The global Wave of Light is an opportunity to join with bereaved parents, families and friends around the globe to commemorate all babies who sadly died too soon. It takes place tonight at 7pm, and if you would like to participate you can light a candle to remember someone special.
I'm not one for pouring out my personal life online, and at times I’m sceptical of events and days like this. Baby Loss Remembrance Day, Woman’s day…Pancake Day…what difference does it make? How often are the sentiments shared genuine? Is there any positive effect?
This year I have decided to share something short and hopefully not too morbid to explain why I think in some instances it’s worth it, to share your story and take part.
Seven and a half years ago on the 18th of March, 2012, I lost my daughter, Isabella. It came after a misdiagnosis from doctors and a sudden traumatic event that left me within minutes of loosing my life. I woke up in intensive care to be told “We’ve fixed the problem…but your baby didn’t make it”.
On the first day in intensive care, after facing my own mortality and the loss of my child. I was overwhelmed with even more disturbing information: You can still have children, but you would need to be closely monitored, you will be scarred for life, are you ready to see your daughter? The council can pay for the funeral if you can’t afford it? Would you like her foot prints taken? All these things unlikely sounding things came to pass, like a slow motion film of someone else’s life.
What the Doctors didn’t explain to me in hospital was that I would also be losing who I was and everything that came with being me after this happened. Although it should have been obvious, it wasn’t, and there was no advice for how do deal with the months that lay ahead.
The things I had previously enjoyed, weren’t enjoyable anymore. Things that didn’t bother me
beforehand, all of a sudden did. Very quickly, I struggled to recognise who I was, or find much positive in the world.
The friends I had had for years weren’t the network that I expected they would be in that situation…a few kept in touch, but many didn’t say anything or avoided me because it was easier than having to bring it up. Literally, crossing the street because it was easier than saying “I’m sorry”.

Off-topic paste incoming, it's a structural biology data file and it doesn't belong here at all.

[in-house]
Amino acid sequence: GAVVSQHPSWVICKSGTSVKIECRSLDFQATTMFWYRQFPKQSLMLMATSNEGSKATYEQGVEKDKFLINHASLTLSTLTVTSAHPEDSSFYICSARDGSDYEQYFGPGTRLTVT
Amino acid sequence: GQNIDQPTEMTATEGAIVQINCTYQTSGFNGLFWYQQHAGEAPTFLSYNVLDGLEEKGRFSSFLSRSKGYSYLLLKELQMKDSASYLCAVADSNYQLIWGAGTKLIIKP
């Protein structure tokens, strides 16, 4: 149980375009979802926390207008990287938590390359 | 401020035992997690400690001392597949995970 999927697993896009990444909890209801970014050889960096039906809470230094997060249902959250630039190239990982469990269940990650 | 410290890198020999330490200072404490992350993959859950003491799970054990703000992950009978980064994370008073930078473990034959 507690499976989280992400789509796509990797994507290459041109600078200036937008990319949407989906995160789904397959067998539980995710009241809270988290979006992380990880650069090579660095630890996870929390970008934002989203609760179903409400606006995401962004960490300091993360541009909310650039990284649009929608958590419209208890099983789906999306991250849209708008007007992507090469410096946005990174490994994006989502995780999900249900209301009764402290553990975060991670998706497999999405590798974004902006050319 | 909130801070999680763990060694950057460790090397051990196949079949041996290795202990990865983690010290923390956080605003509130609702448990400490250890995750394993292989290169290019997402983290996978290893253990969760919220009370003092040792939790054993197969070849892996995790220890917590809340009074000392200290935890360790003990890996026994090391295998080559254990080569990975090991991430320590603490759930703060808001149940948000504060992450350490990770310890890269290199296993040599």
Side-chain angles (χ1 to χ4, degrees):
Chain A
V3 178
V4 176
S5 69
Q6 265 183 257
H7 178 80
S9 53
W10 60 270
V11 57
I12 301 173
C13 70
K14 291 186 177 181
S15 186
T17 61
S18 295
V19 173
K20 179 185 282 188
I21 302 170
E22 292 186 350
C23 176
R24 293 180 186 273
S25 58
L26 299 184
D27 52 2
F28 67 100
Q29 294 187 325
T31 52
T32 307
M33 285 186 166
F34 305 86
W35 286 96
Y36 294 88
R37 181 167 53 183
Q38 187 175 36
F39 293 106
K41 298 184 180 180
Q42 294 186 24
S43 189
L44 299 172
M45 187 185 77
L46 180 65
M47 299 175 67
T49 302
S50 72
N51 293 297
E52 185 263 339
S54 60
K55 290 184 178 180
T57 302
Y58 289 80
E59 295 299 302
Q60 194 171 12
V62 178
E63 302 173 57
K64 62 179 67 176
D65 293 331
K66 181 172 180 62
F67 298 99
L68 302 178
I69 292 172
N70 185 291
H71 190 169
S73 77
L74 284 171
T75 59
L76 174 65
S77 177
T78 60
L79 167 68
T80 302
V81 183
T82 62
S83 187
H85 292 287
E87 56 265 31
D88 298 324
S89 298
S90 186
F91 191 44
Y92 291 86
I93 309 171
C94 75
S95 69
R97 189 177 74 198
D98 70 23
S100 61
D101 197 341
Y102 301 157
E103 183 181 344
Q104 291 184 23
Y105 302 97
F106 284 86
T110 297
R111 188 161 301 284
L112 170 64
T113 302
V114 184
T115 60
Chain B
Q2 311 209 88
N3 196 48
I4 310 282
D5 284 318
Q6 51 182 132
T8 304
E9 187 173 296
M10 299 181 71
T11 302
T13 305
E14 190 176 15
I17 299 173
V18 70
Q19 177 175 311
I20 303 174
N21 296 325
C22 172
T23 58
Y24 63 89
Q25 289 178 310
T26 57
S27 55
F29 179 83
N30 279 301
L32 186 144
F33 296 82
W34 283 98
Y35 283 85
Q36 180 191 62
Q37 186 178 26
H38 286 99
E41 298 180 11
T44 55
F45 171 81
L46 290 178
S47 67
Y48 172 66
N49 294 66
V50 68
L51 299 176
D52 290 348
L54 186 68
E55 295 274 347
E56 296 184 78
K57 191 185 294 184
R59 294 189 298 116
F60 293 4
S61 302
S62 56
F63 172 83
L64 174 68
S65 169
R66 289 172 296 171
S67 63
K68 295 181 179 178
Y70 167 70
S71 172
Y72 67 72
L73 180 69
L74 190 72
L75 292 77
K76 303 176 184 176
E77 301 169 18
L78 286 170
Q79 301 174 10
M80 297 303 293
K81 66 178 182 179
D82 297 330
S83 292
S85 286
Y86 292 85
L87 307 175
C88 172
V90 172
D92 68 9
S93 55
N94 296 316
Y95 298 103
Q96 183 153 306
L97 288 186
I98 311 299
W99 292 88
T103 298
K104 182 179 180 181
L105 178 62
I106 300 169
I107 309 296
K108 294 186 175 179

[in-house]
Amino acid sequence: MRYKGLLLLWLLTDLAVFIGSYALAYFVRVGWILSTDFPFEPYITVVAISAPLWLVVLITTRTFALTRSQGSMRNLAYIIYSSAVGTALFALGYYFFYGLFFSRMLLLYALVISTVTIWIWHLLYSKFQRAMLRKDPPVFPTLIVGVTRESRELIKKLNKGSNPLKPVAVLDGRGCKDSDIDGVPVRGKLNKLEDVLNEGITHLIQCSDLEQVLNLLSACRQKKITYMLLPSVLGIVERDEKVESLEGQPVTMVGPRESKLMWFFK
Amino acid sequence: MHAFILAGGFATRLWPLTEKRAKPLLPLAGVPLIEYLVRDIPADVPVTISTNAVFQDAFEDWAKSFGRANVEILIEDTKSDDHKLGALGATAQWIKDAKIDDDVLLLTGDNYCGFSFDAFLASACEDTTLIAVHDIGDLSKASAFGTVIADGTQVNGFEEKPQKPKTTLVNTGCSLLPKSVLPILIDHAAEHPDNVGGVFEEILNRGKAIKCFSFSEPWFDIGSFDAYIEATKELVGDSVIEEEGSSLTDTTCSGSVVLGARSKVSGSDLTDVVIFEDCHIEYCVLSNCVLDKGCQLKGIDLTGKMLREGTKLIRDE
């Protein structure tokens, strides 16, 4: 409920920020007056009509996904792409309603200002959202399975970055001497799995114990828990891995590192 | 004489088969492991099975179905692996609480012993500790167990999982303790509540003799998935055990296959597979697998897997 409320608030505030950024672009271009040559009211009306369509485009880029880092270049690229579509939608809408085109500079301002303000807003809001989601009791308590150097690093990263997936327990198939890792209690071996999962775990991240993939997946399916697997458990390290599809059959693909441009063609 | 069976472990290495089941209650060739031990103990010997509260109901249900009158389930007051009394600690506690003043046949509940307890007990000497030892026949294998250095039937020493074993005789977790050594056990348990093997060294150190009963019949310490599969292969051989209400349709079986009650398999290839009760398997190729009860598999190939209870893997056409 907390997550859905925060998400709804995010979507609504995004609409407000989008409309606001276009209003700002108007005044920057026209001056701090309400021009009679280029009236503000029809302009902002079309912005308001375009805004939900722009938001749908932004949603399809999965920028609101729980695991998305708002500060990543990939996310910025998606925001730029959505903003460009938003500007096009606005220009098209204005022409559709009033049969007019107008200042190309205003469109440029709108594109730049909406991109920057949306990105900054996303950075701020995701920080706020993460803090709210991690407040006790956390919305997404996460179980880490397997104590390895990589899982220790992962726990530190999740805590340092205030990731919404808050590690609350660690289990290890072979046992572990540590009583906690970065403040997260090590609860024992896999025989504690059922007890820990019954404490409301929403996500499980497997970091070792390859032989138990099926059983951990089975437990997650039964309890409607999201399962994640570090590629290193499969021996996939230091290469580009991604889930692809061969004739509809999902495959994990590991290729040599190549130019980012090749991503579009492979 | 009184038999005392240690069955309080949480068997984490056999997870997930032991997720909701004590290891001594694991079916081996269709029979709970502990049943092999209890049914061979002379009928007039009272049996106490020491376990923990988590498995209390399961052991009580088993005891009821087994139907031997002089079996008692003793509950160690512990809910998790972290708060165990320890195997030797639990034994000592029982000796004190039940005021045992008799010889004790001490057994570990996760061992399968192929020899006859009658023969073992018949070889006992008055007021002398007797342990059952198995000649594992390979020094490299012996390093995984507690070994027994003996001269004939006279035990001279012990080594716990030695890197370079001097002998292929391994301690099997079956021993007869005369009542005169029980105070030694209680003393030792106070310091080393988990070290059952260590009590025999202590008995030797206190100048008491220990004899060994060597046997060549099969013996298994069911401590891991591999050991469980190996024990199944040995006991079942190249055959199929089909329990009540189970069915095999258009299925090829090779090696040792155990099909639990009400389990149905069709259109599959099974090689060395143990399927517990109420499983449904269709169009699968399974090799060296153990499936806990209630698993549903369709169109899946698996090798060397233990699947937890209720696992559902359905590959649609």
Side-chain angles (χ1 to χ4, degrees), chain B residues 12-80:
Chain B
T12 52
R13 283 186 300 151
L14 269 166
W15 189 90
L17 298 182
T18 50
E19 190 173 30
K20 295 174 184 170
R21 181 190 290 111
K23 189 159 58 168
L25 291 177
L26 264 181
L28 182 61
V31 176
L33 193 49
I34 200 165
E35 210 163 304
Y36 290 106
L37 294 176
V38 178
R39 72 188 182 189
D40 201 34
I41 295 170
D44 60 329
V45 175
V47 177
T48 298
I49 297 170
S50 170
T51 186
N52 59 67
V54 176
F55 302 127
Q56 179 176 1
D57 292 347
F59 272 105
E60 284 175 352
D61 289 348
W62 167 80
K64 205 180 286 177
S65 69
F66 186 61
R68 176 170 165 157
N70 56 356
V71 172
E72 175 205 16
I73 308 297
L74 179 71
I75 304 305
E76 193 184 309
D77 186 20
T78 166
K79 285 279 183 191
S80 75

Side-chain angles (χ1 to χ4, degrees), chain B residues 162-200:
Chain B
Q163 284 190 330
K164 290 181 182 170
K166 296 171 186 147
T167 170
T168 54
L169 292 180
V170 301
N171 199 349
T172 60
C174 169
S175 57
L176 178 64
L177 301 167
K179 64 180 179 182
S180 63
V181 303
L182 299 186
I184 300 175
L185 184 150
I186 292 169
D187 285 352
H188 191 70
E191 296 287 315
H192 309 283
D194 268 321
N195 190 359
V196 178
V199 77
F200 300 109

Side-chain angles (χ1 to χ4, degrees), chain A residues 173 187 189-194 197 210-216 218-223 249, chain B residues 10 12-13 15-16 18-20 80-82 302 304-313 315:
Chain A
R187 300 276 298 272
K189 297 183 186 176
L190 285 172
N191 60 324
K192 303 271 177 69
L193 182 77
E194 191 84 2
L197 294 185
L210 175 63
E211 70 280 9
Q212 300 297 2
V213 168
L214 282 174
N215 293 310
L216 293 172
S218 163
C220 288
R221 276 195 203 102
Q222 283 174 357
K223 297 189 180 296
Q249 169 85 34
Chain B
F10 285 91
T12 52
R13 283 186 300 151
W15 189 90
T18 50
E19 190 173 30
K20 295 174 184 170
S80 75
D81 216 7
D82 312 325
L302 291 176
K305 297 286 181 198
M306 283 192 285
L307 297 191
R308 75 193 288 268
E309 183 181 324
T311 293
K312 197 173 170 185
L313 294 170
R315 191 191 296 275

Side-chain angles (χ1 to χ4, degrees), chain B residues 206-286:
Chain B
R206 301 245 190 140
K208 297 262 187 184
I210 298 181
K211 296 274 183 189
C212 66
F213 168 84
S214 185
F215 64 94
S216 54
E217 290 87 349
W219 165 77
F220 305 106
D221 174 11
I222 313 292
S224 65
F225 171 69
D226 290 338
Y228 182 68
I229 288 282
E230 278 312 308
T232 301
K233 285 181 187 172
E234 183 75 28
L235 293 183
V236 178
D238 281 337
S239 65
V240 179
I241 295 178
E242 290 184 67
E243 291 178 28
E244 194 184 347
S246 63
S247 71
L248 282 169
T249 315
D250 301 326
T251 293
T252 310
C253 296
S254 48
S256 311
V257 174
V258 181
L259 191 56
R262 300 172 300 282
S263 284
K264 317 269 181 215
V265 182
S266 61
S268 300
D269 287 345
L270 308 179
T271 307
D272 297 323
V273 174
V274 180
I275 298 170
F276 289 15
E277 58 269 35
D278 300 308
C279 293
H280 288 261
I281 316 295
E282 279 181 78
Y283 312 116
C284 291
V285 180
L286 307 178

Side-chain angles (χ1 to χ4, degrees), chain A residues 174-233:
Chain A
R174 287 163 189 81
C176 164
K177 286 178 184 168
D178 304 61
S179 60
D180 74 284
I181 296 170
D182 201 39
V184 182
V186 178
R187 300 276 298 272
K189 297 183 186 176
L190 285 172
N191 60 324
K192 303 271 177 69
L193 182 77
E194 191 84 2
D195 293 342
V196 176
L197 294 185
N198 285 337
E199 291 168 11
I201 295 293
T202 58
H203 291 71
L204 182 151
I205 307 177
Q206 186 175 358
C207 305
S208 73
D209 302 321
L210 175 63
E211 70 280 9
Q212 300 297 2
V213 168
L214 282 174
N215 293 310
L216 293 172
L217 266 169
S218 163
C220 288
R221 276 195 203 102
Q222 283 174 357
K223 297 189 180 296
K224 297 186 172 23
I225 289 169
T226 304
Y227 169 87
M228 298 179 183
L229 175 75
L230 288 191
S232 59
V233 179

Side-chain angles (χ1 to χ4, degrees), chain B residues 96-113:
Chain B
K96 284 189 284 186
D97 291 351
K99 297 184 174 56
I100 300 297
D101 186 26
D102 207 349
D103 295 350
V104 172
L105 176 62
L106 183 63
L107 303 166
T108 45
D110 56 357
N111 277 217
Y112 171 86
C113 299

At a time when I had lost so much, I found myself largely alone.
I’ve faced all kinds of awkward social situations, which increase with frequency the older I get thanks to social expectations. Often people don’t know what to say, but actually, there is nothing you can say to equal the magnitude of an event like that. Simply saying “Sorry” can mean so much... as can saying nothing.
Almost everyone will carry their own pain, and be left with their own battles to face in life at some point, even if the experience is different from my own, its something we are sadly guaranteed. In a society that’s so engrossed with Facebook and picture perfect Instagram Influencers, facing bumps in the road can feel that bit harder, and add to the feeling that you are by yourself.
That’s why I decided to write something, seven and a half years later. I can now write and talk with confidence about my experience, and perhaps that will help someone wading through the waist deep mud of their own situation.
Real life is ‘bumps in the road’ with the occasional laugh thrown in for good measure. Its not having 10,000 followers and 1000 likes on your latest selfie.
In my own experience I found that it’s amazing what can happen when you talk about how you feel. You might loose some friends, but you might also find the right ones.
That’s why awareness on this subject matters to me. It’s a reminder in amongst all the plastic, that life happens, and it is a way to reach out and connect with people who might be in the lonely place I once found myself in.
I will light a candle for Isabella tonight, but I will also light it to let other people walking in my footsteps, or in another horrible situation, that they are not alone.
I've chosen the painting of Salvador Dali's 'Landscape With Butterflies' to share as I constantly saw Butterflies after Isabella passed away, and I had some painted on her headstone. Any time I see one, I like to think she is near by...